The historic $250 million punitive damage verdict awarded against Monsanto may be overturned due to insufficient proof the company acted with malice.
Superior Court Judge Suzanne Ramos Bolanos granted a tentative ruling that would overturn a historic $250 million punitive damages verdict awarded against Monsanto. Monsanto is accused of marketing its weedkiller Roundup when the company was aware that the active ingredient glyphosate is highly carcinogenic.
DeWayne Johnson, a former school groundskeeper, is currently dying of lymphoma after using Monsanto’s weedkiller Roundup at his summer job as a groundskeeper. Johnson’s lawyers allege Monsanto failed to warn Roundup’s users that the herbicide is cancer-causing even though Monsanto knew it was a carcinogenic product.
Judge Bolanos, however, expressed uncertainty that Monsanto acted with malice by not warning Johnson of the potential dangers of Roundup – a requirement for a punitive damages award. She said there is no sufficient evidence to back up the claim of malice.
Judge May Overturn the Jury’s Verdict and Order a New Trial for Monsanto
A 12-member jury found Monsanto guilty of the failure to warn users that Roundup is dangerous, thereby causing Johnson to develop cancer. The jury ordered the Bayer-owned agrochemical company to pay Johnson $289 million in damages, $33 million of which was awarded for reduced life expectancy. Bolanos is reportedly considering lowering the reduced life expectancy payout to $9 million.
Monsanto’s lawyers immediately contested the ruling and filed appeals to either overturn the verdict of $289 million, reduce the punitive damages, or obtain a new trial.
In her written ruling, Bolanos disclosed that in the event that she fails to vacate the verdict for punitive damages, then she may order a new trial for damages. Monsanto expressed satisfaction with the tentative ruling.
“The jury’s verdict was wholly at odds with over 40 years of real-world use, an extensive body of scientific data and analysis, including in-depth reviews by regulatory authorities in the U.S. and EU, and approvals in 160 countries, which support the conclusion that glyphosate-based herbicides are safe when used as directed and that glyphosate is not carcinogenic,” Bayer wrote.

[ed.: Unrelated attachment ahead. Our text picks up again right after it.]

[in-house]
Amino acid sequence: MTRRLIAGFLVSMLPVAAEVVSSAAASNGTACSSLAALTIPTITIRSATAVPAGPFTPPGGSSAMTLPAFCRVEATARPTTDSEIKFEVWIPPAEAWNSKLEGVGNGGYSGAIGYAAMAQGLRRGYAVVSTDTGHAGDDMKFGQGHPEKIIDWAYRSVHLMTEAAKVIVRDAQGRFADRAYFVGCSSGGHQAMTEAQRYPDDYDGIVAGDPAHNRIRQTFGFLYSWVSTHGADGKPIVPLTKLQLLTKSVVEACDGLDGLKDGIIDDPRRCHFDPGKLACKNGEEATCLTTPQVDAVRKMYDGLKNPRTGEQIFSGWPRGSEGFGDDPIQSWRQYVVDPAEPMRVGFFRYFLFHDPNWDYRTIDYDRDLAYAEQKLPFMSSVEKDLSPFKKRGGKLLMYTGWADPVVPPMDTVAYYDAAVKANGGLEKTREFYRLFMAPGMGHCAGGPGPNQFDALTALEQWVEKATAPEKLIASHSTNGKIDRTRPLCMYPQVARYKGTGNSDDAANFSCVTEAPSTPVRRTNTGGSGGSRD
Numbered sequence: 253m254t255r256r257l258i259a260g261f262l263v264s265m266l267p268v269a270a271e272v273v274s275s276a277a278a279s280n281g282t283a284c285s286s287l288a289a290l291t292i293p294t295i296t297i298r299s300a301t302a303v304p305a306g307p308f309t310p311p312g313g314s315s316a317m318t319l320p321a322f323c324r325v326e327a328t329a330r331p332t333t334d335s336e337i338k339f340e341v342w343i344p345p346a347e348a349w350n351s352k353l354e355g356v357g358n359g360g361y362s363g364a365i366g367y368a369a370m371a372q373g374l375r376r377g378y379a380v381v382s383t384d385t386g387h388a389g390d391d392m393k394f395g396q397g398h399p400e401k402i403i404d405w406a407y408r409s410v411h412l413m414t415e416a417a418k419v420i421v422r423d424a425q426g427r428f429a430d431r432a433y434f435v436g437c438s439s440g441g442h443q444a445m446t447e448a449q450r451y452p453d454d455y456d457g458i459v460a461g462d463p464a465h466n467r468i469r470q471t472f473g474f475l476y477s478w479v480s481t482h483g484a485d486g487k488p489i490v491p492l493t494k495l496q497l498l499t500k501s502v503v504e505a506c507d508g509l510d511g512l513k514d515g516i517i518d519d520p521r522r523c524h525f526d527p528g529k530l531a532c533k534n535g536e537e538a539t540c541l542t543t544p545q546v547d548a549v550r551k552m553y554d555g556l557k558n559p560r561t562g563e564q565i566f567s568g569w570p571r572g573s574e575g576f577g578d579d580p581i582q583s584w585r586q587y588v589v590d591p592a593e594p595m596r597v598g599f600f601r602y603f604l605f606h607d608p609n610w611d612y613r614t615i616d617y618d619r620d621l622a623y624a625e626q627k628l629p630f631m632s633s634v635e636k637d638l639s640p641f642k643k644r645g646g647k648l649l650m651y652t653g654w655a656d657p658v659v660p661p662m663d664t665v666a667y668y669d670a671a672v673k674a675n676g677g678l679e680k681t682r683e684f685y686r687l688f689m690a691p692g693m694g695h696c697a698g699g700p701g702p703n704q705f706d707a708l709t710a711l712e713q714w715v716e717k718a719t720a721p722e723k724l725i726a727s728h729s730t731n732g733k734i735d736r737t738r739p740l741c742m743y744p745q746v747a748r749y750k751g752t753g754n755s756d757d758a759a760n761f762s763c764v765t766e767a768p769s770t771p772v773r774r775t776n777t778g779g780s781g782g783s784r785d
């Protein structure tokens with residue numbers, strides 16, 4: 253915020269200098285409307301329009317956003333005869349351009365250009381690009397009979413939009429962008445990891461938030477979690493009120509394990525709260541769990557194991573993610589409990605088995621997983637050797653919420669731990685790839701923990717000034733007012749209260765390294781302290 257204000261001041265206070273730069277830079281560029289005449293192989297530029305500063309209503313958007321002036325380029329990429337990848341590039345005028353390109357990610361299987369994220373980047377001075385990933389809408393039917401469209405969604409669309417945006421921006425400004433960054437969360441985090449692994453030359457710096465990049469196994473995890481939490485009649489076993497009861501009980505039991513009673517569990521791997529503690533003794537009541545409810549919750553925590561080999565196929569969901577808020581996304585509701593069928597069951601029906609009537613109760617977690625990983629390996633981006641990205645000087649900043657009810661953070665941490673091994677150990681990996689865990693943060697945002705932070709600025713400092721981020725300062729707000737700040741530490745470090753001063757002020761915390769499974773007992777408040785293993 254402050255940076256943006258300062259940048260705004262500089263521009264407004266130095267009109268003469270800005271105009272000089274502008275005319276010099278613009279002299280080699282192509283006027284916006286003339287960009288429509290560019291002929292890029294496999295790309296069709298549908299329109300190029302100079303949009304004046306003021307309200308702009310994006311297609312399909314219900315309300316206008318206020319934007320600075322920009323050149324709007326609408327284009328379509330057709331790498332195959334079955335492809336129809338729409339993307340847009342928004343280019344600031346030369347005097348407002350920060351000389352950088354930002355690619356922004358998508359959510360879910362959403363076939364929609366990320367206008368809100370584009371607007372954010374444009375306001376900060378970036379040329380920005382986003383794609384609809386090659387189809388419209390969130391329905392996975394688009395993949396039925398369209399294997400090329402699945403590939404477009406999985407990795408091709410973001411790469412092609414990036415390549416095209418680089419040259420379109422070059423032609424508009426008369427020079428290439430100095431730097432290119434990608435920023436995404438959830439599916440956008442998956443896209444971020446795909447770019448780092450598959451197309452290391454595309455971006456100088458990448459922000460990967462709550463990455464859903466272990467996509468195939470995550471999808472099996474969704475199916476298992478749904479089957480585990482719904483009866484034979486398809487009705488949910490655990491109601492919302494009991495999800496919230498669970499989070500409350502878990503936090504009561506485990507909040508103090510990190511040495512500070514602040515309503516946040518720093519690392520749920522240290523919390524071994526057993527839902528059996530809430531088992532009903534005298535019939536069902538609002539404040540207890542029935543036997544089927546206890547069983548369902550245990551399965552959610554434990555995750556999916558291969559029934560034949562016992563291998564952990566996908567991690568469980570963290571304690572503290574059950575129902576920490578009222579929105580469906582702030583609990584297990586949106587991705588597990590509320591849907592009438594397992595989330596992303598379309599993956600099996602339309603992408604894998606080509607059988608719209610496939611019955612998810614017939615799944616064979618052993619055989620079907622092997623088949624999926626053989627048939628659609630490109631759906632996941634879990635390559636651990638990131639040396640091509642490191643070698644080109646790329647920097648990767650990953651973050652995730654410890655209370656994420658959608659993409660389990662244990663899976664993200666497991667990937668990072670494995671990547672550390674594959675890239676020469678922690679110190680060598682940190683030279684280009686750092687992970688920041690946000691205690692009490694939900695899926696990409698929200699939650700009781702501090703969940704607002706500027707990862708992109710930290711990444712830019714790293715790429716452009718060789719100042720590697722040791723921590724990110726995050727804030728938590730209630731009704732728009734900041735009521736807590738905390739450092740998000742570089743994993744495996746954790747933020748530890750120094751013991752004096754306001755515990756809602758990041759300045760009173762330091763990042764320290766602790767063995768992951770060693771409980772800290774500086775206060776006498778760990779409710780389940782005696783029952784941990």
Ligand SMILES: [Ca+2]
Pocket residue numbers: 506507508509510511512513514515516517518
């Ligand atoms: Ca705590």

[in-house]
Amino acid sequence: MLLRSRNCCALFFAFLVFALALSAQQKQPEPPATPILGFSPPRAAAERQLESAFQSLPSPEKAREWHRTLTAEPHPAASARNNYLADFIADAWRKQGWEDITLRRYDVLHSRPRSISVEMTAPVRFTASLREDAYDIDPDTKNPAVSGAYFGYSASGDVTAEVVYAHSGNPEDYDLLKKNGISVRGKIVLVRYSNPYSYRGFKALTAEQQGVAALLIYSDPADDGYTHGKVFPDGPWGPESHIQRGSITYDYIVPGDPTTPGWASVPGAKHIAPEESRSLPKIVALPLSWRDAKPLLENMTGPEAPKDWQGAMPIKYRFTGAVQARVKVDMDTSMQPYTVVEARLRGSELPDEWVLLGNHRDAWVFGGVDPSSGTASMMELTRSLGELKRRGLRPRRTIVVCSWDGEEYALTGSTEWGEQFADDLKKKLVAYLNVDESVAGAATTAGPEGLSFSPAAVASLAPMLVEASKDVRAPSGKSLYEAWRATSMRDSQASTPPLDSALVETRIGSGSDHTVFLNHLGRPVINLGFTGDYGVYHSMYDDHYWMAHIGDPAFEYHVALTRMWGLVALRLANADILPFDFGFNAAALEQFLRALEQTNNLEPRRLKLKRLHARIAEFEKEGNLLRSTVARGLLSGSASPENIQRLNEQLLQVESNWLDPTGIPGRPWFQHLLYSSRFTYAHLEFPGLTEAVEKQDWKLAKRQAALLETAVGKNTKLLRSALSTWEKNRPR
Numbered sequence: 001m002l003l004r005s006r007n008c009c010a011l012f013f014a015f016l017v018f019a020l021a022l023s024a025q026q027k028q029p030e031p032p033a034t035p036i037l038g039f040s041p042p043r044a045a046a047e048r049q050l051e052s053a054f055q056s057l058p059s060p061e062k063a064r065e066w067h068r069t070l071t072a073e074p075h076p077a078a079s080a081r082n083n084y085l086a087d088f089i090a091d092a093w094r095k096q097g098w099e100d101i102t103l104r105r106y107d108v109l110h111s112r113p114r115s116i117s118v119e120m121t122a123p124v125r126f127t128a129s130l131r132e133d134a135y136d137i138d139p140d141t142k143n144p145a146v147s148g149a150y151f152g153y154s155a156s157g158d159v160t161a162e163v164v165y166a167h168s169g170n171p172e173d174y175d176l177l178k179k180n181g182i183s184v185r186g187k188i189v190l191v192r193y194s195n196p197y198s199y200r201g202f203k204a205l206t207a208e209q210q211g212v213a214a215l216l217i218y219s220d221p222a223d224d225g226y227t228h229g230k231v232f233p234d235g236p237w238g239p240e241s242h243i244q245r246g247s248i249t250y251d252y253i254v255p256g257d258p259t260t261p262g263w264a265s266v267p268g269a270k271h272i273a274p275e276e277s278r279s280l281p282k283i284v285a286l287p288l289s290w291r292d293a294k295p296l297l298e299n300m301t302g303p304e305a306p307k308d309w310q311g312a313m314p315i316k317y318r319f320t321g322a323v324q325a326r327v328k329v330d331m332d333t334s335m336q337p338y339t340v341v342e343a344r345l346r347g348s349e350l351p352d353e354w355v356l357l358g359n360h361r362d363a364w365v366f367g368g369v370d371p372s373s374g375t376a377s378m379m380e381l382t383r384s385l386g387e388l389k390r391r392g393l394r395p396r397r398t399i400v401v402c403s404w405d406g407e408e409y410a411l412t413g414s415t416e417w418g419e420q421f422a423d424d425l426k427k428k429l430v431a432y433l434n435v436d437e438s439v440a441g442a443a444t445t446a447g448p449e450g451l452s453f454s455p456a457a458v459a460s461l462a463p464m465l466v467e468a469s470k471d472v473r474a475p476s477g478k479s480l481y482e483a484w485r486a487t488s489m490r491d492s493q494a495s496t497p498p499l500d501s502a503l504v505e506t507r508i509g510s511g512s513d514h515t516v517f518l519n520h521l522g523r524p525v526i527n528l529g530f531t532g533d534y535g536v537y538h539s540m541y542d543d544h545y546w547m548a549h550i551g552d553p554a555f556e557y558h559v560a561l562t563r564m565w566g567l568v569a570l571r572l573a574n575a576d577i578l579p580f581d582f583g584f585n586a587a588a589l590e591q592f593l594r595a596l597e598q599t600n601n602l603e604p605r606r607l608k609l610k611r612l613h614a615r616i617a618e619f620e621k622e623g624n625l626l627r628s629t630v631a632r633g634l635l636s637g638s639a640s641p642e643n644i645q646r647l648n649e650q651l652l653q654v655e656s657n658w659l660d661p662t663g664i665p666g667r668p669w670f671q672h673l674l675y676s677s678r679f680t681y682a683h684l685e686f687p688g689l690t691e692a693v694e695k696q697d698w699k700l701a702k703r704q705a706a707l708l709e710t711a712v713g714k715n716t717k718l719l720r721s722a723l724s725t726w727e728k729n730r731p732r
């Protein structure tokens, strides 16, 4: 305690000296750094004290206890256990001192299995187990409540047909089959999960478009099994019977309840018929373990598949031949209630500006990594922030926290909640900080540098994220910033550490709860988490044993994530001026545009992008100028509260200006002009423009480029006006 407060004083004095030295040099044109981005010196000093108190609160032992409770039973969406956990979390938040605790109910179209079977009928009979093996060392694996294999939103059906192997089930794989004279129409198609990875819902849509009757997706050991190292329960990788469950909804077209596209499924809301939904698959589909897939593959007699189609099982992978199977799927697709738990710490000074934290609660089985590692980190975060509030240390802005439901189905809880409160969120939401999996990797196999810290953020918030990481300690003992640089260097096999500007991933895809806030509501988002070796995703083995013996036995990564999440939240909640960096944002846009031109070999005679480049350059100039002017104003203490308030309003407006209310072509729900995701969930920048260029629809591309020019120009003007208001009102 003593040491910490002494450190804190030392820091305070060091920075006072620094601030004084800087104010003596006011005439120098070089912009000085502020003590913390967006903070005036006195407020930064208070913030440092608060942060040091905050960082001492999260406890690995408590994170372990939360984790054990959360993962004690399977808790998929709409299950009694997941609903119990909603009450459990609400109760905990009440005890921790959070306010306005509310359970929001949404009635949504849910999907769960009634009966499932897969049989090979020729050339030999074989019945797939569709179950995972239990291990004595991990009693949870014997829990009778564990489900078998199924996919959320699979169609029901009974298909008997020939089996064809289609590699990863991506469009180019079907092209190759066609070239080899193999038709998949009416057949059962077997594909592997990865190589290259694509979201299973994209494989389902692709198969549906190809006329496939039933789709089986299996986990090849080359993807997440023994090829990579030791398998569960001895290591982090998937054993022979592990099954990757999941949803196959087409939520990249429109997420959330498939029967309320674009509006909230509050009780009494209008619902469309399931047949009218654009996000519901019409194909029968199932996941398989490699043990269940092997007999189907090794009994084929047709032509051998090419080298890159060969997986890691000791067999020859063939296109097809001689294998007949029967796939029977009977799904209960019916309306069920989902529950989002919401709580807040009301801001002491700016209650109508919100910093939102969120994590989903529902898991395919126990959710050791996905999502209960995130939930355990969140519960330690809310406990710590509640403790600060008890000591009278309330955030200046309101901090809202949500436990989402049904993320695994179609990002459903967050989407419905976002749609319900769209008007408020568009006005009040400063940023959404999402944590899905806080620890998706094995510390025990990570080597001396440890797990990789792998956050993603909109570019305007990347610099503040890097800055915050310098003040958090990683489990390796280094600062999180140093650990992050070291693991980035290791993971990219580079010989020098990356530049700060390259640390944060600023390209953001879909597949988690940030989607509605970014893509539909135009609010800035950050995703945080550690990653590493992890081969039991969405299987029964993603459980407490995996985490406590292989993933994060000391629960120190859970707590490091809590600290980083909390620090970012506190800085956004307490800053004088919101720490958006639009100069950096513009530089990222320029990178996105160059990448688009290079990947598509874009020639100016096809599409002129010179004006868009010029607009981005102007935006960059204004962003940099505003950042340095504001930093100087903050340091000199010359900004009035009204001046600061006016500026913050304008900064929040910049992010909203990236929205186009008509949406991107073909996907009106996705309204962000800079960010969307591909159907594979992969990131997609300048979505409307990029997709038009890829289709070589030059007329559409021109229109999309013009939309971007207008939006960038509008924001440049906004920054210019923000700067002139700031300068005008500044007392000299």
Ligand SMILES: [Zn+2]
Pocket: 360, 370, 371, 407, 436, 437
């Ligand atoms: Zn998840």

Bolanos Accepted the Motions Filed By Both Parties with No Indication Of When to Rule On Them
U.S. and EU regulators have said that glyphosate, Roundup’s main ingredient, is safe for human use. But the WHO’s International Agency for Research on Cancer ruled otherwise, saying it is probably carcinogenic. Based on this, Johnson’s legal team said Monsanto should have put a cancer warning label on Roundup and instruct users on wearing protective clothing during use.
Monsanto’s lawyers disagreed and argued in the Johnson case that cancer takes three years to develop and since Johnson only used Roundup for one summer before falling ill in the fall, the weedkiller could not have caused his cancer. Ultimately a 12-person jury unanimously sided with Johnson, awarding the unprecedented $289 million verdict.
Johnson’s lawyers – Michael Miller of The Miller Firm, Brent Wisner of Baum Hedlund Aristei Goldman, and Michael Baum also of Aristei Goldman all urge Judge Bolanos to ratify the jury’s punitive damages verdict. Bolanos will decide soon, but has not indicated when she will rule on ratifying or overturning the verdict.